Workplace Location, Modal Split and Energy Use for Commuting Trips

Petter Næss, Synnøve Lyssand Sandberg

Publikation: Bidrag til tidsskriftTidsskriftartikelForskningpeer review

103 Citationer (Scopus)

Abstrakt

A study of six companies in Greater Oslo indicates that both the modal split and the energy use for journeys to work are to a high extent influenced by the geographical location of the workplace. Employees of workplaces in peripheral, low-density parts of the urban area are far more frequent car drivers and use considerably more energy for journeys to work than employees of workplaces located in central, high-density areas. A study of long-term consequences of workplace relocations within the urban area shows that the immediate increase in average commuting distance of a workplace moving to the urban fringe, has not been reversed by subsequent turnover and residential changes among the employees.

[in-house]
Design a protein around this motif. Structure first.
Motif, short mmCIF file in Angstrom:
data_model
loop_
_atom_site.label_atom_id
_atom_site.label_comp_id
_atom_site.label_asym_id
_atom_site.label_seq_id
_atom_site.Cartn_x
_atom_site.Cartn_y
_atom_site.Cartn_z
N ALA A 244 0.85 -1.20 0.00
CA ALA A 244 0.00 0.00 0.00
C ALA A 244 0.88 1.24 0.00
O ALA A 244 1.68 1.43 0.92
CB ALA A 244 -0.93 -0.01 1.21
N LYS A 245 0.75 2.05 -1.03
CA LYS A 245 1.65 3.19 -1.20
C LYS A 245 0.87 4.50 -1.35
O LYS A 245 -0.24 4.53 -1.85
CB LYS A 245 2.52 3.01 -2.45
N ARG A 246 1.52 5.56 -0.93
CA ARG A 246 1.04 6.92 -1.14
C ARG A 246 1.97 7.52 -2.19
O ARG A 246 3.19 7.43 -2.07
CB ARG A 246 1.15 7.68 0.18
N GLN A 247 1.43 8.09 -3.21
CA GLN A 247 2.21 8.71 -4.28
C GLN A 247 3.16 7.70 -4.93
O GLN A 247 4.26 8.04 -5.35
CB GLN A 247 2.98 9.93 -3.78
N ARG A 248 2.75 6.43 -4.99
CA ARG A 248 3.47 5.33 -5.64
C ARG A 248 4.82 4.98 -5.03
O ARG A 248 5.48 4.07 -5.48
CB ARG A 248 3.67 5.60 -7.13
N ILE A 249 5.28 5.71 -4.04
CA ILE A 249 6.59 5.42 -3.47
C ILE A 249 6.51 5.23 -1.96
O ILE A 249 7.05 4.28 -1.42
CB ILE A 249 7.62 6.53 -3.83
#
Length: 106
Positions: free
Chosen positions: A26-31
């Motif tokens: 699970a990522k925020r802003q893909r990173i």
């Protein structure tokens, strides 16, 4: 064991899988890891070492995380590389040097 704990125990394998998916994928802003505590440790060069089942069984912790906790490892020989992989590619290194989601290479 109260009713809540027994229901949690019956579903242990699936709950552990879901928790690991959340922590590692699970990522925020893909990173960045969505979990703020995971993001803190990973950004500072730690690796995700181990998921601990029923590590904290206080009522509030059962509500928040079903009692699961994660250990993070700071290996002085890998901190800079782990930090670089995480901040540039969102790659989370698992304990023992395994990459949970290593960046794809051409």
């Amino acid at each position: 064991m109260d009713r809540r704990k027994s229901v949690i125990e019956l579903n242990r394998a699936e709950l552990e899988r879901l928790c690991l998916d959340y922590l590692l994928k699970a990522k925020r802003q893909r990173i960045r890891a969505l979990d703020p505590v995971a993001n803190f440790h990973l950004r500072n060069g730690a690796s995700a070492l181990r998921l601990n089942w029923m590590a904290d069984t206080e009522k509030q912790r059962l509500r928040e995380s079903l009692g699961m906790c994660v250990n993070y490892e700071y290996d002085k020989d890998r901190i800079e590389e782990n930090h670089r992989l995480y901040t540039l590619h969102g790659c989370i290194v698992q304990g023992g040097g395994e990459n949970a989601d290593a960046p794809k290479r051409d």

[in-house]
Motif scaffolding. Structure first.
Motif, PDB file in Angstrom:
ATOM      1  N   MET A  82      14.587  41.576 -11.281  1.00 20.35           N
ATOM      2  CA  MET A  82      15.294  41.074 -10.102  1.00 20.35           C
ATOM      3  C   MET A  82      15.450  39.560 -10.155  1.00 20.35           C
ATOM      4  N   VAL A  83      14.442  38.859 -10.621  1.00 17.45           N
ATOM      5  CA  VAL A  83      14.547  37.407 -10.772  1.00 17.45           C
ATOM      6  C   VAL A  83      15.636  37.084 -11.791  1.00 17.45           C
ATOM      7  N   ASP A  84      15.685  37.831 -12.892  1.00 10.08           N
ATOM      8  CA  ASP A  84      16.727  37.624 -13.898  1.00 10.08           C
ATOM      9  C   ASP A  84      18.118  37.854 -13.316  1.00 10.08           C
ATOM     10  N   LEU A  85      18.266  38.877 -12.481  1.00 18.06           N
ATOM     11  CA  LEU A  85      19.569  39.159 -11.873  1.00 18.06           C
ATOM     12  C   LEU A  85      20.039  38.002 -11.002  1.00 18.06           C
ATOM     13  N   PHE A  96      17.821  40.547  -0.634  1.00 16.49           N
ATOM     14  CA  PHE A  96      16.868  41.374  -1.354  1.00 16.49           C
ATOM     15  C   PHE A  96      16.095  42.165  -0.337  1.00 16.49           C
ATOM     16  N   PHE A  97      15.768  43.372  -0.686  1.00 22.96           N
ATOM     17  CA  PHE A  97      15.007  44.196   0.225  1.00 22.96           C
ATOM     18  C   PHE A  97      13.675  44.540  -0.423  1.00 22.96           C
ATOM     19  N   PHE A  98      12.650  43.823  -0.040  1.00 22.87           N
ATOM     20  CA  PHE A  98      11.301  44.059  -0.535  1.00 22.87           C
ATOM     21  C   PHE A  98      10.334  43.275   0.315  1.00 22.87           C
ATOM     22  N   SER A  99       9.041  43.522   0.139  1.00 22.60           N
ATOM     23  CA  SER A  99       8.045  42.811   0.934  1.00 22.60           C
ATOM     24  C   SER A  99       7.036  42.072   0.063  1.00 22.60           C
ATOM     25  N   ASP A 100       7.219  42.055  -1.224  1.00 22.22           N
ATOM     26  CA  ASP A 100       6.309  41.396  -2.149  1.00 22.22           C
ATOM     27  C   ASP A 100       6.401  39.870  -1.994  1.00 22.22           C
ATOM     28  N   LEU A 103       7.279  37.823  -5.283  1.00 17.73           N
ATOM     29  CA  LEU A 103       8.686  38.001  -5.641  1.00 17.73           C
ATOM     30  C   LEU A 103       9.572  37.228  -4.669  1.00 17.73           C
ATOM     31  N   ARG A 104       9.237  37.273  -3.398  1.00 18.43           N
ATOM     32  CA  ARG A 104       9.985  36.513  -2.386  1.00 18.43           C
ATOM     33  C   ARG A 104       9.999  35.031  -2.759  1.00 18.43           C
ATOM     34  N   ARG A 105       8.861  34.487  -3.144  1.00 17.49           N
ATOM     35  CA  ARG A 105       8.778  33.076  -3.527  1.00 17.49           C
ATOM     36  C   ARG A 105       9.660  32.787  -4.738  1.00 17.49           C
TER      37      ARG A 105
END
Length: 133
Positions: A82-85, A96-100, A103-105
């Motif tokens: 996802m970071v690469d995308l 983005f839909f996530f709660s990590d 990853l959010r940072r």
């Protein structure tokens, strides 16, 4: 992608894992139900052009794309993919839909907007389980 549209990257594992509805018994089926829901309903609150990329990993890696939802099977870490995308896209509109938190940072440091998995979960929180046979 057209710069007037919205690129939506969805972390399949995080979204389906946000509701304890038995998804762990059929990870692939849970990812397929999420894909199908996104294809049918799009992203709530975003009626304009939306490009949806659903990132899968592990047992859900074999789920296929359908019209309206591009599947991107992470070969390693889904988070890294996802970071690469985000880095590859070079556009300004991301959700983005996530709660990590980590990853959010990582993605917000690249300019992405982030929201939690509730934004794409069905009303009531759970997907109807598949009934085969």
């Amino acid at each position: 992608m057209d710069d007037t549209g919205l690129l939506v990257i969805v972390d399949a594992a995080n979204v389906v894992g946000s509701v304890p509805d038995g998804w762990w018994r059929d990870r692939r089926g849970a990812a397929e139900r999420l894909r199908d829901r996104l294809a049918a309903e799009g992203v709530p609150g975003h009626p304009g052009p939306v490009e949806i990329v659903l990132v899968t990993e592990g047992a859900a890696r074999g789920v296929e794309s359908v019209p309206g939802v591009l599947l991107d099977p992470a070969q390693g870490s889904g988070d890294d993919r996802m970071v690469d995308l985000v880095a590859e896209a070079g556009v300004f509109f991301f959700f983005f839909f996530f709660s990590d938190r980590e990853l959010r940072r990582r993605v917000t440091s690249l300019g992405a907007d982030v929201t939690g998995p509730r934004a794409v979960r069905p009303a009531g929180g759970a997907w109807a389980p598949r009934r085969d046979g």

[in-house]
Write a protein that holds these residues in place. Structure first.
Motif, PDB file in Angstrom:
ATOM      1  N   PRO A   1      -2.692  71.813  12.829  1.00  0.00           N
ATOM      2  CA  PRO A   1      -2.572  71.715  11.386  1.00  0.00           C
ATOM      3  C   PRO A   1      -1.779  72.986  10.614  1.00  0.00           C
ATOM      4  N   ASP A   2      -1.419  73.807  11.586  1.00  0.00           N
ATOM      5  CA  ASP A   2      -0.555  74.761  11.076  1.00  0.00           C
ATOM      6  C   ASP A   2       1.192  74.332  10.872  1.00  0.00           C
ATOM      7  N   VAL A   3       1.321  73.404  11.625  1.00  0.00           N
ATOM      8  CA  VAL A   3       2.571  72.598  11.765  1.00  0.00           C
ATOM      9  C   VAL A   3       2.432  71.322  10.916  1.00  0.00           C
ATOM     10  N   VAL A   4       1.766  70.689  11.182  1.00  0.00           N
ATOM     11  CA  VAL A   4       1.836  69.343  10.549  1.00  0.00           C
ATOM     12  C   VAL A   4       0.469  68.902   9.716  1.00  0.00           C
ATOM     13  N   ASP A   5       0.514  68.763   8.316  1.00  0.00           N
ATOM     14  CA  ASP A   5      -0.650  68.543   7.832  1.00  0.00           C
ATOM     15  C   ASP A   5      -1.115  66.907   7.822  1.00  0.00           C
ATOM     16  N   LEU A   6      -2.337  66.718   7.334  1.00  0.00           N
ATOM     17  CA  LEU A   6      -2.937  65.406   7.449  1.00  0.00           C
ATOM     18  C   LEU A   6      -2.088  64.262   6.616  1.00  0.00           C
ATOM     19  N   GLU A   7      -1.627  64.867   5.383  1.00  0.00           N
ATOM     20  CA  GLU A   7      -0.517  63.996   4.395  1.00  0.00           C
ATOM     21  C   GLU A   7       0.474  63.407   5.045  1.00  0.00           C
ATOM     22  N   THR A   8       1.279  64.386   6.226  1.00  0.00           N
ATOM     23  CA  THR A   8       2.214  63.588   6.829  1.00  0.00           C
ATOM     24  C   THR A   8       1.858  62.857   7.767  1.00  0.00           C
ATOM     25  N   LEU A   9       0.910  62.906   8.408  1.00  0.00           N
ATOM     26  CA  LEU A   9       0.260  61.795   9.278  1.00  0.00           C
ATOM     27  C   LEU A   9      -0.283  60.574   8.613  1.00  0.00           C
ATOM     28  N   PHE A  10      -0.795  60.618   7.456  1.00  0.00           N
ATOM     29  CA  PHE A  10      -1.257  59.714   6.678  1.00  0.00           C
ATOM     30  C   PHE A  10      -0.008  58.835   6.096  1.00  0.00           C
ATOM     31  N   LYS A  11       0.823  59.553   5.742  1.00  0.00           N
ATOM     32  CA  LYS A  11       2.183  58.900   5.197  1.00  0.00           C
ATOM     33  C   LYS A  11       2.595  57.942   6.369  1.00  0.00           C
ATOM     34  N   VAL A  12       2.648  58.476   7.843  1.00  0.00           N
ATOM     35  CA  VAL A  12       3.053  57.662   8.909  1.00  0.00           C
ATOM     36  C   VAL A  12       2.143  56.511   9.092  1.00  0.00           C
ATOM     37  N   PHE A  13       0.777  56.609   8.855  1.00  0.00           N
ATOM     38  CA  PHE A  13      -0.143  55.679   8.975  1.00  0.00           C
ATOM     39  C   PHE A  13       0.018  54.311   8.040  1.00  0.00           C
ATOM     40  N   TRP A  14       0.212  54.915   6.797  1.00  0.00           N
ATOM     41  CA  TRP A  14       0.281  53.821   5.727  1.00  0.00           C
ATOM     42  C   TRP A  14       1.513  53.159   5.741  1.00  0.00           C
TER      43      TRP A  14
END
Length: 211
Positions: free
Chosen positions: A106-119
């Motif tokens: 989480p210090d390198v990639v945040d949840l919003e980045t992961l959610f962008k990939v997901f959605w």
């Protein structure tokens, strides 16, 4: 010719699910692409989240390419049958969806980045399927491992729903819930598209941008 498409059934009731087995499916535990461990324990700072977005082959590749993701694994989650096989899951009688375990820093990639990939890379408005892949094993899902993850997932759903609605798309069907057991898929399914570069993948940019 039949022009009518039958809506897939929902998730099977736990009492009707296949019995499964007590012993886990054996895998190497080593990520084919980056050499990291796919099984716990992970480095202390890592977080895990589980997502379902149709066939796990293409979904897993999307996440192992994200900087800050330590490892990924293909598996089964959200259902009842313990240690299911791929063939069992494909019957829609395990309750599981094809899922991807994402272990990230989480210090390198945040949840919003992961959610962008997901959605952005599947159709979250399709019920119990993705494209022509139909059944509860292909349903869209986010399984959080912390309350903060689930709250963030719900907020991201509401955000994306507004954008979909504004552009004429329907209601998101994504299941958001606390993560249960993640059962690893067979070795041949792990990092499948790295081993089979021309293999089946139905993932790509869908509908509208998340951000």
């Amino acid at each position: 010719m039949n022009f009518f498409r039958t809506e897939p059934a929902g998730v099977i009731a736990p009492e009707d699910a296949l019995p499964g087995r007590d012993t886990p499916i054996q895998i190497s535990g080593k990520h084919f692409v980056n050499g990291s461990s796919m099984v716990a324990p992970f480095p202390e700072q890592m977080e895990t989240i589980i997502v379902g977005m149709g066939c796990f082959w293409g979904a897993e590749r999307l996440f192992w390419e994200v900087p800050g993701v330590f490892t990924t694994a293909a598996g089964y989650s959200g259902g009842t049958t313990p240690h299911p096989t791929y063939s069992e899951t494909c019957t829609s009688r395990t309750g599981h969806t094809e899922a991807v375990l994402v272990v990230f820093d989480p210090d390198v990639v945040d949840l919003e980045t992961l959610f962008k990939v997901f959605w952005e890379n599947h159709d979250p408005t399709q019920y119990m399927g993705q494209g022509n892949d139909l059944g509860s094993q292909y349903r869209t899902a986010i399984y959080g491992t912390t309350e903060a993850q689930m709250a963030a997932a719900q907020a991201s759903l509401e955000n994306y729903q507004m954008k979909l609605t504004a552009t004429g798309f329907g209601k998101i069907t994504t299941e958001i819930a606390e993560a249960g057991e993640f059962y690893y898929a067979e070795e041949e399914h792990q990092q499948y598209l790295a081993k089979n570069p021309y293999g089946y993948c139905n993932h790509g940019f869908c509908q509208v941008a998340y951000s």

OriginalsprogEngelsk
TidsskriftUrban Studies
Vol/bind33
Udgave nummer3
Sider (fra-til)557-580
ISSN0042-0980
DOI
StatusUdgivet - 1996
Udgivet eksterntJa

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